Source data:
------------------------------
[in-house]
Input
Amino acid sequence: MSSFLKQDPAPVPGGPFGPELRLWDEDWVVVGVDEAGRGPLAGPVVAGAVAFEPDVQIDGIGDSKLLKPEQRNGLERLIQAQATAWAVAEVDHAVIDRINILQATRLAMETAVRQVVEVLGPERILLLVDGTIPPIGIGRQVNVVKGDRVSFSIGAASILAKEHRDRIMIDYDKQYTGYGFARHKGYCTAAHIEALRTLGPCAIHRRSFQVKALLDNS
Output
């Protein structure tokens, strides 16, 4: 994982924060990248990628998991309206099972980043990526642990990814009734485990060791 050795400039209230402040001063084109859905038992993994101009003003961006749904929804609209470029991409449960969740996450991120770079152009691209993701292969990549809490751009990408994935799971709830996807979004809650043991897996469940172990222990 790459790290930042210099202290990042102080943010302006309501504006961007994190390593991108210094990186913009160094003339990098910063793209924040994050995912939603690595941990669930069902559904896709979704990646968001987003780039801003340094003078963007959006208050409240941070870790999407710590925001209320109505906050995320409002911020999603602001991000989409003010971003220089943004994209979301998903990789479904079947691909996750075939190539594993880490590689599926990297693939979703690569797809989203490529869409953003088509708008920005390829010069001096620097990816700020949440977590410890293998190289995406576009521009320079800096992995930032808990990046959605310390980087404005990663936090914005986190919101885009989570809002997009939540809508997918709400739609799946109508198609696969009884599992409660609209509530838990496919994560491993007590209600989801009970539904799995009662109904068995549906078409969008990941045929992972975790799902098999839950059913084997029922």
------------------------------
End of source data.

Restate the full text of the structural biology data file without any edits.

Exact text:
[in-house]
Input
Amino acid sequence: MSSFLKQDPAPVPGGPFGPELRLWDEDWVVVGVDEAGRGPLAGPVVAGAVAFEPDVQIDGIGDSKLLKPEQRNGLERLIQAQATAWAVAEVDHAVIDRINILQATRLAMETAVRQVVEVLGPERILLLVDGTIPPIGIGRQVNVVKGDRVSFSIGAASILAKEHRDRIMIDYDKQYTGYGFARHKGYCTAAHIEALRTLGPCAIHRRSFQVKALLDNS
Output
């Protein structure tokens, strides 16, 4: 994982924060990248990628998991309206099972980043990526642990990814009734485990060791 050795400039209230402040001063084109859905038992993994101009003003961006749904929804609209470029991409449960969740996450991120770079152009691209993701292969990549809490751009990408994935799971709830996807979004809650043991897996469940172990222990 790459790290930042210099202290990042102080943010302006309501504006961007994190390593991108210094990186913009160094003339990098910063793209924040994050995912939603690595941990669930069902559904896709979704990646968001987003780039801003340094003078963007959006208050409240941070870790999407710590925001209320109505906050995320409002911020999603602001991000989409003010971003220089943004994209979301998903990789479904079947691909996750075939190539594993880490590689599926990297693939979703690569797809989203490529869409953003088509708008920005390829010069001096620097990816700020949440977590410890293998190289995406576009521009320079800096992995930032808990990046959605310390980087404005990663936090914005986190919101885009989570809002997009939540809508997918709400739609799946109508198609696969009884599992409660609209509530838990496919994560491993007590209600989801009970539904799995009662109904068995549906078409969008990941045929992972975790799902098999839950059913084997029922």